-- In a few weeks, we'll know whether "The Wrestler" will have a seat at the table for the prestigious Academy Awards ceremony that recognizes the best in movies for the year. Mickey Rourke is a virtual lock to be nominated for Best Actor, as is Bruce Springsteen's "The Wrestler" track for Best Original Song in a movie.
If WWE's Vince McMahon had a vote, he certainly wouldn't pick "The Wrestler," as we reported yesterday that McMahon believes the movie is below WWE. The thematic material related to wrestling is set in the long-forgotten territory era and under-the-radar independent wrestling scene of today, which gives the movie its gritty feel perfect for Mickey Rourke's character.
WWE wants to distance itself from pro wrestling, as evidenced by corporate-friendly statements from CEO Linda McMahon about the company not being in the wrestling business, but the entertainment genre, competing against the NFL, NBA, and entertainers putting on rock concerts.
McMahon most-likely feels the movie being any way associated with WWE would bring the company down to a level they long-since tried to escape from. WWE's attitude of superiority has been displayed in recent JBL promos and the Shawn Michaels "employee" storyline where HBK is willing to sell his soul to JBL to prevent becoming Randy "the Ram" Robinson.
The real story continues to be wrestlers being gobbled up and spit out if they aren't protective of themselves and the investment they're making with their bodies. Other than the two irreplaceables - John Cena and Triple H - McMahon can always find someone else to slide onto the card.
"The Wrestler" hits too close to home with McMahon, who obviously doesn't want his company associated with low-rent indy wrestling, but also because he's the corporate face of a wrestling business that couldn't generate mainstream interest unless someone died or was blown up in a limo.
Now, the positive accolades are going to a movie that focuses on something outside the WWE machine and not kids dancing in the ring with Finlay or WWE touring Iraq. McMahon simply won't stand for that.
Torch reader stonecoldmark commented on the article we posted yesterday about WWE's official anti-"The Wrestler" position after McMahon picked up his movie screening in December. Here's what scmark had to say:
Ask Jake Roberts or Roddy Piper if any of what is in "The Wrester" pertains to them. The Wrestler is about what happens when the WWE dumps these guys. Guys like Duggan are lucky Vince still keeps them employed. Even HUGE stars like Hogan and Flair can be included. Flair never knew when to call it quits because it's all he's known. Hogan would still give it a try if Vince gave him a chance.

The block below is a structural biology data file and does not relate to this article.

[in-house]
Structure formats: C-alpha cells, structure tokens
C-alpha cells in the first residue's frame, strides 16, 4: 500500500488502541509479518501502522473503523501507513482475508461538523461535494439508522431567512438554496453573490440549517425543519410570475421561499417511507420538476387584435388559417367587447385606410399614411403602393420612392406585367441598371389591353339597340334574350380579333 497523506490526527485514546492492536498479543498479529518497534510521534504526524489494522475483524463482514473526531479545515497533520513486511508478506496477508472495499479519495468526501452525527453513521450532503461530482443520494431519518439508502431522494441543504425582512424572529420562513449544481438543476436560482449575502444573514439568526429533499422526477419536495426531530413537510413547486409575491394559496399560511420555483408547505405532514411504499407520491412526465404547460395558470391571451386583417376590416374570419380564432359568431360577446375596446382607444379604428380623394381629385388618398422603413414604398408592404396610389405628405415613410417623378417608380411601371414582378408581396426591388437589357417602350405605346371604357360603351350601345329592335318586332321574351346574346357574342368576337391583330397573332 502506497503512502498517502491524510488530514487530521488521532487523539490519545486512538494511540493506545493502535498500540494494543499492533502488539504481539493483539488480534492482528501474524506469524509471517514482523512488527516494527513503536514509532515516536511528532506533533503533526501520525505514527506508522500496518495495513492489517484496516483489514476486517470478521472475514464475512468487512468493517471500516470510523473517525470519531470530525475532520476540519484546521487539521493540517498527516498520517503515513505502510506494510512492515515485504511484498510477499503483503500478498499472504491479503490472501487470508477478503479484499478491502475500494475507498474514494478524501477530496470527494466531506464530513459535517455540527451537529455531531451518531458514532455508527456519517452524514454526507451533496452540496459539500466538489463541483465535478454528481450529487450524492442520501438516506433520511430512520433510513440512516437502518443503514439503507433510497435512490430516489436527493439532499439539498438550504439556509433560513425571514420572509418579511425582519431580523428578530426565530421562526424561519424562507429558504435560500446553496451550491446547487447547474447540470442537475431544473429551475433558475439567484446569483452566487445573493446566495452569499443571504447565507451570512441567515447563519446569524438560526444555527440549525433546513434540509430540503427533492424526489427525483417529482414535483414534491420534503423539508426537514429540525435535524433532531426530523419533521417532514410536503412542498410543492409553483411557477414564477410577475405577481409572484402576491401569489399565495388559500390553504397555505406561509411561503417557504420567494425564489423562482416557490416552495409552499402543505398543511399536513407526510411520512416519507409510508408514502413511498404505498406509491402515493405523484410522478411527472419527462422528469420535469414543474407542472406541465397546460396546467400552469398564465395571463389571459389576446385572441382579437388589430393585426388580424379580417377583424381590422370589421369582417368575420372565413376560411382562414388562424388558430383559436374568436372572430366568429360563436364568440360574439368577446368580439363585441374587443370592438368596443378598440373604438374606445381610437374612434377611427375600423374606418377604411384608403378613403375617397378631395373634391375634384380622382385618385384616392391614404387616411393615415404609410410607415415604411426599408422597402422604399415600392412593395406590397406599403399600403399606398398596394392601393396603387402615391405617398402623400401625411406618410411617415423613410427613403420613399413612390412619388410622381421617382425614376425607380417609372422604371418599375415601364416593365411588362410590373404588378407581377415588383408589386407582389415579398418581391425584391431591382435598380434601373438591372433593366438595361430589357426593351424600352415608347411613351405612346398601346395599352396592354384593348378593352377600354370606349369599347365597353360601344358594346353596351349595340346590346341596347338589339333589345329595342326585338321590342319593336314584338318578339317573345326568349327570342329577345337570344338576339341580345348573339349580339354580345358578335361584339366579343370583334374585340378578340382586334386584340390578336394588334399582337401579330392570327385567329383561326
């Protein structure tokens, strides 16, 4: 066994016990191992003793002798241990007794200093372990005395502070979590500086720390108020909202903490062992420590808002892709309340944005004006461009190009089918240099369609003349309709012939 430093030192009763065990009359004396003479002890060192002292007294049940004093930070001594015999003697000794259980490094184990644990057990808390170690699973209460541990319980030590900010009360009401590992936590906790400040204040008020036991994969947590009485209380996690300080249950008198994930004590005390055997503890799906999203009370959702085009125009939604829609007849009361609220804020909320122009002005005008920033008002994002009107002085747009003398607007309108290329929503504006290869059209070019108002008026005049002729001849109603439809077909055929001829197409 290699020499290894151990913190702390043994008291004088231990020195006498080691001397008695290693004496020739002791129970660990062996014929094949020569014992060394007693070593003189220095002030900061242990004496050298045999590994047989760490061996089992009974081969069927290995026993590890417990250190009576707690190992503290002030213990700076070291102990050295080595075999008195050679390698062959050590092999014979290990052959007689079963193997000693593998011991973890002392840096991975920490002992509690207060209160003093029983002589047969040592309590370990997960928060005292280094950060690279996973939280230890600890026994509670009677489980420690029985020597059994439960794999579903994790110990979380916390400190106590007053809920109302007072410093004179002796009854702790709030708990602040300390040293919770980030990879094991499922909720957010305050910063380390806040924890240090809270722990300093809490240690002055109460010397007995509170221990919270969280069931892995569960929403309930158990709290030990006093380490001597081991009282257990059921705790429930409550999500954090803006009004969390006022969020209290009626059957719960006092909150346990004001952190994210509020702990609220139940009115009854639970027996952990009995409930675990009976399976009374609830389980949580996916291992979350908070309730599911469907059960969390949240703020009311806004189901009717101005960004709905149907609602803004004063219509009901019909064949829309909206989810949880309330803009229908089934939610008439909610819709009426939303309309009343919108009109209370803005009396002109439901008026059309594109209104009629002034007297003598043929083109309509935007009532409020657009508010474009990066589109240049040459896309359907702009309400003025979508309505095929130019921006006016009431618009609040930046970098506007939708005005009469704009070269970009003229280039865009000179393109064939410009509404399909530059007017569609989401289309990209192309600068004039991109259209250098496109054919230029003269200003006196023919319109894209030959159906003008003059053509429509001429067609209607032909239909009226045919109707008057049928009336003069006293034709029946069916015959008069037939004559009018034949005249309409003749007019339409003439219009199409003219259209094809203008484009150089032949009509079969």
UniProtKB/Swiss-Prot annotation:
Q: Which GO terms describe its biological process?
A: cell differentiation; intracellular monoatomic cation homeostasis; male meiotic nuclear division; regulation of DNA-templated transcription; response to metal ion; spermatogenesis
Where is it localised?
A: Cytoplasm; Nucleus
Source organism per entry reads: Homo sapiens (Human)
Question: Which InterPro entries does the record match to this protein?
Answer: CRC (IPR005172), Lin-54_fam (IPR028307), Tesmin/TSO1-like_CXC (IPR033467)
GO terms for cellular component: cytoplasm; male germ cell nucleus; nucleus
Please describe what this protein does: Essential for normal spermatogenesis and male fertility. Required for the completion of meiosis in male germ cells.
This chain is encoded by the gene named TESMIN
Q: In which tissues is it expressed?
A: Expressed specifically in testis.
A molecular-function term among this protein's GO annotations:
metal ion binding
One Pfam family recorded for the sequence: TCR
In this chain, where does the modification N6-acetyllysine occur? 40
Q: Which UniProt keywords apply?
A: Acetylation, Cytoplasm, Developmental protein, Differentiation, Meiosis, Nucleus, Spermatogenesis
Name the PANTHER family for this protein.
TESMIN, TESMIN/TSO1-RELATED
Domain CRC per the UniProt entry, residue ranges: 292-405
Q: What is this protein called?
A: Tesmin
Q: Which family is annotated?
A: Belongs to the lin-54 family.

The Wrestler should be a calling card for anyone that wants to get into the biz, not everyone can get a job in the big-time and if you do save that money. This film speaks to not just wrestlers, but can apply to any job where the excitement, fame, and money can fade seemingly overnight. Just ask Mickey Rourke. The movie is his life.
Vince is right it's not the WWE, but does that mean his guys are treated any better? Not on your life with that schedule. I think wrestling five or six days a week is just as bad as taking a stapler to your head for one night on a Saturday in Secaucus.
Greg Tingle comment...
The Wrestler is not the WWE, however parts of do tell part of the story of workers with the WWWE in years gone by. Thank god that The Wrestler is not the WWE, and Vince McMahon and the top brass at the WWE have every right to distance themselves from the film. At least some lessons got learned along the way, and the WWE body count is not as high as it once was. If pro wrestling schools showed The Wrestler to potential students before they signed on I think its likely that the sign up rates for wrestling academy's would decline. One needs to be mindful of what they wish for - they might just get it. The Wrestler is a perfect example of show business not being all it's often cranked up to be, and in my position as a media agent I'm in the position to know this. All respect to Roddy Piper, Greg Valentine and many other legends for supporting The Wrestler and Mickey Rourke's effort. Piper's line about it being "not his story, but it is my story" is classic, but in reality Piper came out of the business in better shape than most, and he still picks up a WWE cheque from time to time. Are we one step closer to a wrestling union? I doubt it, but you never know. The US is cracking down on gambling and other moral and ethics type matters, but will they care enough to ensure professional entertainers, wrestlers and the like don't end up on the scrap heap when promoters are finished getting their slice of meat from them? McMahon has cleaned up his act a hell of a lot over the past 5 years or so, and let's hope other wrestling promoters do the same. The Wrestler gets 5 stars for impact, story telling and acting, and talk about a movie for the times.
(Credit: Pro Wrestling Torch)